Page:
State must change accounting
By Cliff Slater
We need to have sensible, transparent accounting systems so that we can all know the cost of everything the government does.
|||Cliff Slater is a regular columnist whose footnoted columns are at www.lava.net/cslater.|
As Mayor Goldsmith of Indianapolis once put it, "Government accounting systems do prevent people from stealing money, but they do nothing to prevent people from wasting it."
The problem is that our state's accounting system is not "activity-based." That is, all costs relating to an activity, say public education, are not charged to that activity. For example, accounting costs for the Department of Education are borne by the Department of Accounting and General Services, DOE's legal costs are borne by the Department of the Attorney General and employee benefits are accounted for at the Department of Budget and Finance.
And there is no intelligent way of accounting for capital costs for the DOE this is the cost of classrooms, buildings, land and vehicles.
Thus, any attempt to find the true cost of operating schools, public hospitals or prisons can drive you straight into Kane'ohe State Hospital (we don't know full costs of operating that either).
Not knowing the full cost of any government activity leads to unintelligent decisions. For example, when budgets contain no capital-related expenses such as depreciation costs and the associated financing expenses, there is a tendency to overspend on buildings and under-spend on preventive maintenance, to under-maintain vehicles and then replace them too frequently, and to build exquisite libraries but skimp on the books.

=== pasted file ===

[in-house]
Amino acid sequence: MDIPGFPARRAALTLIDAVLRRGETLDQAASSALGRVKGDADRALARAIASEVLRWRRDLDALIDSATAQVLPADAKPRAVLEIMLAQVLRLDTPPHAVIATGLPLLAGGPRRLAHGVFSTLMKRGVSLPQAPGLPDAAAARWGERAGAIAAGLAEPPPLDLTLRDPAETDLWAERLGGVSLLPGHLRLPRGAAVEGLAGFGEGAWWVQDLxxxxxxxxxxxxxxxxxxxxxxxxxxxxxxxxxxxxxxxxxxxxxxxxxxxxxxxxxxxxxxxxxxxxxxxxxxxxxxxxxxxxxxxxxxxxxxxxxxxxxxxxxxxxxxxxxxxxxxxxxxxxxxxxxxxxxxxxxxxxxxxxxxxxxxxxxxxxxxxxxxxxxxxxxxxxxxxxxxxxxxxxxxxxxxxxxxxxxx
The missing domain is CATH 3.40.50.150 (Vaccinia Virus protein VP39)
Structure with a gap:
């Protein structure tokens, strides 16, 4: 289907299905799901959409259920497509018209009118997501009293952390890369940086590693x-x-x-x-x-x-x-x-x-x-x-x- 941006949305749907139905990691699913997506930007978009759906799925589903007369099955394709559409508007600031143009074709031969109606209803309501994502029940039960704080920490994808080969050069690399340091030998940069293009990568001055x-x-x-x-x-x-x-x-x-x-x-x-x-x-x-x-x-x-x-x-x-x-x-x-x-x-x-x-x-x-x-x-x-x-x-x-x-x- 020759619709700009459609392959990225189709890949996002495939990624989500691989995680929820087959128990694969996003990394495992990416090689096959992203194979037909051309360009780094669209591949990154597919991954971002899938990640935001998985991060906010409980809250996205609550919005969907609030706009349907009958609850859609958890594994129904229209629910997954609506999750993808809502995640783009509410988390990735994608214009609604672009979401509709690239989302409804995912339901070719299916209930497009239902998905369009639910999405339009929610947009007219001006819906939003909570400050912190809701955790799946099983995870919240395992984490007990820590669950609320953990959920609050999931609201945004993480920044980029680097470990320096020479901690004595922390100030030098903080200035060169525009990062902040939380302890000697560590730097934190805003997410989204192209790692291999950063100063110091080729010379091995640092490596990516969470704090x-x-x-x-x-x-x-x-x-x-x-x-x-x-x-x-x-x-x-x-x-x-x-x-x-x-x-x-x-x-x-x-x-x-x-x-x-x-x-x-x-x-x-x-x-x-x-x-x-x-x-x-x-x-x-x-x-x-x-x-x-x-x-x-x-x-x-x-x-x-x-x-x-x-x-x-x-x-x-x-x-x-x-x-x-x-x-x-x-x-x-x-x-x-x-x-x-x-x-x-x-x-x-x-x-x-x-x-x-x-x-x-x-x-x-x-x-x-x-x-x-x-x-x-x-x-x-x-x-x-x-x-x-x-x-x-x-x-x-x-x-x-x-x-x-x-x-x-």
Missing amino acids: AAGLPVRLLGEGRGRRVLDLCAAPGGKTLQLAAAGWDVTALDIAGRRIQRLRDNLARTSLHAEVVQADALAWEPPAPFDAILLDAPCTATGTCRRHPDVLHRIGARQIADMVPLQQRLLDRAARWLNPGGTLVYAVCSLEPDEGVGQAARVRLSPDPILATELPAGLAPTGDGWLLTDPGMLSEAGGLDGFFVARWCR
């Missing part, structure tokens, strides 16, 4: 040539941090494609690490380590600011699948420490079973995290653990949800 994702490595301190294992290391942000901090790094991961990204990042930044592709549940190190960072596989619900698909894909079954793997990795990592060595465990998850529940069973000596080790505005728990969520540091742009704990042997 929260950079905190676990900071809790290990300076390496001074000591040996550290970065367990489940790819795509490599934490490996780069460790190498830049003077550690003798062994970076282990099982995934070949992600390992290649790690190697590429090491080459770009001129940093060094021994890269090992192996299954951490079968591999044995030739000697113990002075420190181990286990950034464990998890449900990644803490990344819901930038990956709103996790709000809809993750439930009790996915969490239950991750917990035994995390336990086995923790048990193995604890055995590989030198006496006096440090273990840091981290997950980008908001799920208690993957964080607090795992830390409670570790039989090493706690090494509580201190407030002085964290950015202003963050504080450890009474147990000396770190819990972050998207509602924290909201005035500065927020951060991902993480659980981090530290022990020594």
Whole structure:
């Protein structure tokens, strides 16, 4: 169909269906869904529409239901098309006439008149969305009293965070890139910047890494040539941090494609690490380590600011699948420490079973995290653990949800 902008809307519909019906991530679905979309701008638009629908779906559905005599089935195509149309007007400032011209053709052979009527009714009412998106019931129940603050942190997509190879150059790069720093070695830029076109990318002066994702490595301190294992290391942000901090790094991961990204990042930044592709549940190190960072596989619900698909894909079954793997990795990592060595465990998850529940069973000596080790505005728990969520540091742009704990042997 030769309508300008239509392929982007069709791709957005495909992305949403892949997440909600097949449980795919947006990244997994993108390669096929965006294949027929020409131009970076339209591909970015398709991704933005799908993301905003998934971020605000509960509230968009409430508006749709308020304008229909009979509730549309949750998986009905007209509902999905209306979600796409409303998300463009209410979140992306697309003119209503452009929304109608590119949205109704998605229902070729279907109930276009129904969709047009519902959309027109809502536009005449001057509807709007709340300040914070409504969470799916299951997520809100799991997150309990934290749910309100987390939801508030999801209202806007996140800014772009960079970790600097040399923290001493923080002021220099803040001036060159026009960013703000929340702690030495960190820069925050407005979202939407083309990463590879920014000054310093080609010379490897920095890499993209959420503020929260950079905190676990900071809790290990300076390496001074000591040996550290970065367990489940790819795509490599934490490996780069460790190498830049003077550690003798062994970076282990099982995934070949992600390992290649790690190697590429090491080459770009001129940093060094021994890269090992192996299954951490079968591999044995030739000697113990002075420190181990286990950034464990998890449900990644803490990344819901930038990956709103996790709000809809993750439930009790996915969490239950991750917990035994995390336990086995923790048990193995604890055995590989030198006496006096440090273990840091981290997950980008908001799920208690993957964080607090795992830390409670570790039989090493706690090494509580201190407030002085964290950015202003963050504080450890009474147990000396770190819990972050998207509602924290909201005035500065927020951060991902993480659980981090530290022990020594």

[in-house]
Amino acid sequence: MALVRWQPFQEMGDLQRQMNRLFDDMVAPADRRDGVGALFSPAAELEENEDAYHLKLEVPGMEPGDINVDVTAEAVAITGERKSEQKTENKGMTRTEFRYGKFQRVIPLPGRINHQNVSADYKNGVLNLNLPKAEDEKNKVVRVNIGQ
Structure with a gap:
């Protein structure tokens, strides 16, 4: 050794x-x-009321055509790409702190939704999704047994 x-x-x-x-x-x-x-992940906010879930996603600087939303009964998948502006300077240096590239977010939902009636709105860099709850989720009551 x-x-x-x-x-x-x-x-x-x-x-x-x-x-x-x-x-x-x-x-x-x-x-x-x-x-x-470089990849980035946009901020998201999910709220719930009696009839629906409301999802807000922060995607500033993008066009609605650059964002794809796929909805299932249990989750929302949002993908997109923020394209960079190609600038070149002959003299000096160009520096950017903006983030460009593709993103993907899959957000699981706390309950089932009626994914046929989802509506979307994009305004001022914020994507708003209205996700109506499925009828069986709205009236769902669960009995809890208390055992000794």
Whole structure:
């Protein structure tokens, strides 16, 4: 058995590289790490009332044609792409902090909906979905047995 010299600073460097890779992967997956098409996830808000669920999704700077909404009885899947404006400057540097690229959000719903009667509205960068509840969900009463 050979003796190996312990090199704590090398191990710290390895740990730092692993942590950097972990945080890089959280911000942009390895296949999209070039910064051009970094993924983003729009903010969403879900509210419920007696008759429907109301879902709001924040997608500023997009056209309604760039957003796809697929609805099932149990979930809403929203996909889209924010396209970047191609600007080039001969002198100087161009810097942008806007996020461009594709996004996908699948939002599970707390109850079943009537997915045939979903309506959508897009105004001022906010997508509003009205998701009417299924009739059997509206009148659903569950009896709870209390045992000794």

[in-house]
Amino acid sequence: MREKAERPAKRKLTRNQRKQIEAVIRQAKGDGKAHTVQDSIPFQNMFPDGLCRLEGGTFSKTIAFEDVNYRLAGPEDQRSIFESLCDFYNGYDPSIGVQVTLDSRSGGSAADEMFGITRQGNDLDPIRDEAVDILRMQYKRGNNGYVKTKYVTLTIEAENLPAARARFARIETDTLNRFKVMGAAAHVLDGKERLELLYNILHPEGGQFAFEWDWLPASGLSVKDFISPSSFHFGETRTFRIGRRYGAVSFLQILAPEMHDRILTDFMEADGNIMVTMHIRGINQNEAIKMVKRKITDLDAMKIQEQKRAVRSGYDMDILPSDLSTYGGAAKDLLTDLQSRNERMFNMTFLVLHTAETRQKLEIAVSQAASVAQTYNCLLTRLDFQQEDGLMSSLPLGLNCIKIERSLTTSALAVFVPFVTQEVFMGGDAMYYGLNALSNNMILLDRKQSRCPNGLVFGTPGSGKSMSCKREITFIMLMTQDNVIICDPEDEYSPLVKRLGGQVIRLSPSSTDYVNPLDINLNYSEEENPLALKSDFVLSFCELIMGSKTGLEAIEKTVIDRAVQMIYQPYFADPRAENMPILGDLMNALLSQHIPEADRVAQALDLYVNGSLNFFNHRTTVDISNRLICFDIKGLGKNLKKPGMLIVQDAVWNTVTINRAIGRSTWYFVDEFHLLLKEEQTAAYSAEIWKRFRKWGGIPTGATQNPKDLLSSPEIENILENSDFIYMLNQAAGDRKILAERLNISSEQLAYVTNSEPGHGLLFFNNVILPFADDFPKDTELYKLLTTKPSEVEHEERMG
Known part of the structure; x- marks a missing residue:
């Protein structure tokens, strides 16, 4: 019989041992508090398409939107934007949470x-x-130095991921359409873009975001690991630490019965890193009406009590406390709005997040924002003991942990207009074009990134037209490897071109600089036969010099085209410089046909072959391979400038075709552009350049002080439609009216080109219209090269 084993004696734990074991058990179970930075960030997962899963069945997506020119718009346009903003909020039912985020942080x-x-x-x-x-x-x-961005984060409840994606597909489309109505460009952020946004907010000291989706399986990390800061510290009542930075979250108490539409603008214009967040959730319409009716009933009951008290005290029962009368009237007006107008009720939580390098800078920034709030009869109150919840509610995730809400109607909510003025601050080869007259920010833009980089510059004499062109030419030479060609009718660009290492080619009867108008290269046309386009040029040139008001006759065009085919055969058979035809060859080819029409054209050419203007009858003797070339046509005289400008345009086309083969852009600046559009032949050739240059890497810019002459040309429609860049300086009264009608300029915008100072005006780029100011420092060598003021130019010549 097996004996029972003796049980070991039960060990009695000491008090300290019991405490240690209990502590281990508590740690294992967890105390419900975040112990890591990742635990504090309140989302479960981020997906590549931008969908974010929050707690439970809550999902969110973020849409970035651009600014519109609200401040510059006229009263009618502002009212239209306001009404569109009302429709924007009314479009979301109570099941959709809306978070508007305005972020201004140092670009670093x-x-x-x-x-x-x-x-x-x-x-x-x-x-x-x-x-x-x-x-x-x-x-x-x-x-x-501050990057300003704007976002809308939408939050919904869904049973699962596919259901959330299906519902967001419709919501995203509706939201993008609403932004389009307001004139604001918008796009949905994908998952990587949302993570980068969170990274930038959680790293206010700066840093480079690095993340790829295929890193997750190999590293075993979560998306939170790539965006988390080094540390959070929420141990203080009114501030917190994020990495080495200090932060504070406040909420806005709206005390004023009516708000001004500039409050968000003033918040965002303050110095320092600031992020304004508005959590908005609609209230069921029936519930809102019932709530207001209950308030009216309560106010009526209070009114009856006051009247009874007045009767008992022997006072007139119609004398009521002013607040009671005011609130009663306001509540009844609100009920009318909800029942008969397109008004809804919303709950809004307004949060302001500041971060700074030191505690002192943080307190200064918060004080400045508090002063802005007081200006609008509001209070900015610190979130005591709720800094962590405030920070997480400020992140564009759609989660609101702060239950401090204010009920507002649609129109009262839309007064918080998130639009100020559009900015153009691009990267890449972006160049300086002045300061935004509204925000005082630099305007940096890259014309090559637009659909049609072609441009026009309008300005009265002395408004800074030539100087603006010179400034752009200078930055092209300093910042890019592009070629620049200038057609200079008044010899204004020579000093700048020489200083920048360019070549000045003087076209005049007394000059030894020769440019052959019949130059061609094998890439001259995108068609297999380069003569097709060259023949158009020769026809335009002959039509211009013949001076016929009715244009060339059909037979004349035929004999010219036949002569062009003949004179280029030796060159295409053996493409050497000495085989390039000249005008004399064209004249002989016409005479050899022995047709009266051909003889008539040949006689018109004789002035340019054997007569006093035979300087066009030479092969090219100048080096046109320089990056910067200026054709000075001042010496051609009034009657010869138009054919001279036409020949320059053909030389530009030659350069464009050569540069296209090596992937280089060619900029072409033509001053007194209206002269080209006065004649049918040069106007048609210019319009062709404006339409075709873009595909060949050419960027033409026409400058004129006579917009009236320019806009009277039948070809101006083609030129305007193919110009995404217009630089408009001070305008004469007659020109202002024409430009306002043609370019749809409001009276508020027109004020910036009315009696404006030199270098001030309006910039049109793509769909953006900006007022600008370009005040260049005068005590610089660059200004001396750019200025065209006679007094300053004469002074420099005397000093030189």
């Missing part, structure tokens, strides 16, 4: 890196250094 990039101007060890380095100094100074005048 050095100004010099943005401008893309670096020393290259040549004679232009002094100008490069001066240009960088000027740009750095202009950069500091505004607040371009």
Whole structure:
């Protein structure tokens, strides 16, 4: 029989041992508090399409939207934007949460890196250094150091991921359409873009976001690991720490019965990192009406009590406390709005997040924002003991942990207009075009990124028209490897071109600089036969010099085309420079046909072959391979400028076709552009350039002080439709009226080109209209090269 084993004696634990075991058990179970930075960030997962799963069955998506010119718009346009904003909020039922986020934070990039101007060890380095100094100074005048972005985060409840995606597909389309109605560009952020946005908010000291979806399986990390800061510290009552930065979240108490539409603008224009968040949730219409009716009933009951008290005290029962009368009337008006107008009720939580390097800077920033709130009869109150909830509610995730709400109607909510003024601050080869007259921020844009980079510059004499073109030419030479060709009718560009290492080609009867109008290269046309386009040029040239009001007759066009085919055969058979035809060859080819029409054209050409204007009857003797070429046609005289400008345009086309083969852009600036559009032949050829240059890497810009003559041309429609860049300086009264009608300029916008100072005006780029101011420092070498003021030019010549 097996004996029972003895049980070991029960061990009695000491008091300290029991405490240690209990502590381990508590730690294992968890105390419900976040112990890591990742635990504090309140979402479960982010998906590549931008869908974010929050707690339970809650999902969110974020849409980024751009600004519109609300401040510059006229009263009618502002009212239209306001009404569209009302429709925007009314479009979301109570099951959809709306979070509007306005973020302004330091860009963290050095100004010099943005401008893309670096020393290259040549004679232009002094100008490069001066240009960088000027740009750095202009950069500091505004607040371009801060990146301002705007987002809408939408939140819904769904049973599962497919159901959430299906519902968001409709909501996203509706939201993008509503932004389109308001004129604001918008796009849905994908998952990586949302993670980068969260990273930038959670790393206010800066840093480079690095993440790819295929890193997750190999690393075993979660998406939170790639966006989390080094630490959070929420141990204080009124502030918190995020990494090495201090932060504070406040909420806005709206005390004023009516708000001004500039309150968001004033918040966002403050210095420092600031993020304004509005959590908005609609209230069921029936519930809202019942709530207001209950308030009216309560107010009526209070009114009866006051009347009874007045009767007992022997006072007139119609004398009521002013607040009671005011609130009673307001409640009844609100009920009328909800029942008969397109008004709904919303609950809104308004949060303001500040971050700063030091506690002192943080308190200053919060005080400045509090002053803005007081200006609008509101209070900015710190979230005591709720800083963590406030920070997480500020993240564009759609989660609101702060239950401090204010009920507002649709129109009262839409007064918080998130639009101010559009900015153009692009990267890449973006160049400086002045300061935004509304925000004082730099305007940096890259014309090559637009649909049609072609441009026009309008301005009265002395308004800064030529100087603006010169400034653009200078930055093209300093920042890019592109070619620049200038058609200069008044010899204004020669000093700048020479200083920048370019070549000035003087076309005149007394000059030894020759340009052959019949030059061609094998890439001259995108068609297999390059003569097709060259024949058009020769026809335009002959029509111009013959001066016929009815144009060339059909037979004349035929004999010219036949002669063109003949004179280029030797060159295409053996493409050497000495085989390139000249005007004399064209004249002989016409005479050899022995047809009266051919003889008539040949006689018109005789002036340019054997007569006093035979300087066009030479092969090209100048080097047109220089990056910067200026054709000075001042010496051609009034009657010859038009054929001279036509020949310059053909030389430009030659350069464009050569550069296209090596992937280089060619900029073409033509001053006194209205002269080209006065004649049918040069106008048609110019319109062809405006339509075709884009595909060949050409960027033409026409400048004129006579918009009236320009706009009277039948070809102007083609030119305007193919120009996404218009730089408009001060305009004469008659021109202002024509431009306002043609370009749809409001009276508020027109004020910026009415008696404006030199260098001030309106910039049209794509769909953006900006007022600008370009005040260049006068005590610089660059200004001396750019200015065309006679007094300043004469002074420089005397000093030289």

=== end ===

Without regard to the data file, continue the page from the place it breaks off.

On the other hand, an activity-based accounting system would allow government managers and supervisors and also legislators to understand where the money they manage goes.
The state needs activity-based accounting not merely to prevent theft but to allow managers to make sensible decisions. In other words, accounting that will enable them to use our taxes to best advantage to prevent waste.
For example, alert readers of this newspaper will have noticed that public education's cost per student varies depending on who is discussing it. Our state auditor, Marion Higa, calculated that the cost per student was $7,000 for the year ending 1999. The federal government used $5,858 for 1998 (it should have been quite close).
The latest the State Data Book shows is $5,794 for 1995 since DBEDT cannot get financial data from the DOE.
Contrast this mess with that of public companies: Imagine if your assessment of, say, Bank of Hawaii's earnings depended on whom you asked. And imagine if the appropriate federal and state agencies could not get timely information from the bank. Bankoh's investors would immediately head for the exits and the stock price would tank.
Investors know that the lack of timely, accurate, chiseled-in-granite financial data is a major indicator of trouble.
Why do we not have sensible, transparent accounting systems so that we can all know the cost of everything the government does? After long and considerable pondering on the subject, I have decided that the answer is quite simple.
They do not want you to know.
Our taxpayers are smart; they can shop. If they were to know that daily costs per prison inmate in Hawai'i were really $150 a day, or $55,000 a year, rather than the much lower figure usually reported, they would start asking awkward questions.
What if taxpayers were to find that the city's $25-a-month express bus service averaged $150 a month per rider in taxpayer subsidies?
Taxpayers might get a little annoyed.
Or what if taxpayers found that residential garbage collection on O'ahu costs $24 per household and then compared that with St. Paul, Minn., where the service costs $11?
If we are to ever look forward to open, transparent government in Hawai'i, it should start with the accounting system. If government requires certain open and clear accounting standards for businesses, why should it not require the same of itself?